Mrs. Clinton says officials at State never told her what she was doing wasn’t allowed. That isn’t quite true. It’s more accurate to say she never asked the people who would have the answers to these questions. The IG report confirms it was made clear to State staffers that she did not want the questions asked. 

It gets worse. Even today her former department is still resisting efforts to make public the emails she tried to hide. Groups such as Judicial Watch have done yeoman’s work in forcing the emails into the sunlight—but they have also had to get court orders to pry them out of an obstructionist State Department. 

It’s a disturbing pattern, and unfortunately it’s not limited to State. There have been similar questions about the integrity and professionalism of the IRS ever since the American people learned in 2013 that it was unfairly targeting conservative groups seeking tax-exempt status.

Three years, many congressional hearings and disappearing hard drives later, there is still no evidence the IRS has ended the practice. Just last month, a three-judge panel of the D.C. Circuit Court of Appeals described the IRS approach to its targets this way: “You’re alright for now, but there may be another shoe falling.” This follows on a March ruling from the Sixth Circuit Court of Appeals, which blasted the IRS for refusing to produce a list of those it had targeted—as well as for its bad faith in defending itself by invoking a rule meant to “protect taxpayers from the IRS, not the IRS from taxpayers.” 

Originally the speculation was that the IRS effort had been orchestrated by the Obama administration. As the Journal’s James Taranto noted at the time, the IRS scandal is worse if it was not directed by the White House. “If it ‘went rogue’ against the Constitution and in support of the party in power,” he wrote, “then we are dealing with a cancer on the federal government.”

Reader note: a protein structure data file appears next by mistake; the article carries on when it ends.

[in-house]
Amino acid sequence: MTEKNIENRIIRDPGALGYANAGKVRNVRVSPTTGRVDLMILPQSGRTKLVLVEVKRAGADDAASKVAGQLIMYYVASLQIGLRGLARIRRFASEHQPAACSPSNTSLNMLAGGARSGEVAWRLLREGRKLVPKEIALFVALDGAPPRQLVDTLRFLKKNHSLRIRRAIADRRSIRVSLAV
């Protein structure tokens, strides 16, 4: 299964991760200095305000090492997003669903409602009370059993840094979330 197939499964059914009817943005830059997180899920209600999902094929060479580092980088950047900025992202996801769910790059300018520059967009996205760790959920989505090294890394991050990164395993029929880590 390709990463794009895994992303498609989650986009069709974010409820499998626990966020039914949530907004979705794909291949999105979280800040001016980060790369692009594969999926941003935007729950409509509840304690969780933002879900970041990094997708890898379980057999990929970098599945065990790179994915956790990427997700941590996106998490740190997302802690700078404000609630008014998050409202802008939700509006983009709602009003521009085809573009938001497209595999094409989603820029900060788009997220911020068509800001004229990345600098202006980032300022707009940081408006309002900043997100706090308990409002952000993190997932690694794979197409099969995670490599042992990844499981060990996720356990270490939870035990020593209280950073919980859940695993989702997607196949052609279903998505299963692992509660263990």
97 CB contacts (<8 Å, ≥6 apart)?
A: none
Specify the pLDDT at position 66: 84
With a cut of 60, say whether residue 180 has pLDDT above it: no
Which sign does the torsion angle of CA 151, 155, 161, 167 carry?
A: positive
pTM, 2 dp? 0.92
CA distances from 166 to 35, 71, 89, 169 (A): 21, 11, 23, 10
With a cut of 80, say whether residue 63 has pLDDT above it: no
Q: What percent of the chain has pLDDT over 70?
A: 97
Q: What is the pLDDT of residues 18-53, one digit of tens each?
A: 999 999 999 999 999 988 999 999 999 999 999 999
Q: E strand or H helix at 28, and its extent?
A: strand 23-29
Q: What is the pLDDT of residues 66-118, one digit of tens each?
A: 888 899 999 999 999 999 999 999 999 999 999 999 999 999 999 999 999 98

Now consider the FBI. Its director is appointed to a 10-year term precisely to remove him from political pressures. 

In our criminal-justice system, the bureau’s job is to investigate, while the decision to indict belongs to the Justice Department. In other words, whether to indict Mrs. Clinton was Attorney General Loretta Lynch’s responsibility, and she would have to take the heat whichever way she decided. 

Until FBI director Jim Comey intervened with a press conference in which he announced he was recommending against indictment. By going public in a way even he admitted was “unusual,” Mr. Comey effectively pre-empted the Justice Department and any hope for accountability. That Mr. Comey’s decision let Ms. Lynch off the hook after her private meeting with Bill Clinton only makes it more disgraceful. 

Welcome to modern Washington, just two months away from a presidential election. It’s possible, of course, that the people who believe the system is rigged and that their government has taken sides against them are wrong. 

But the most disquieting possibility is that it isn’t crazy to think they might be right.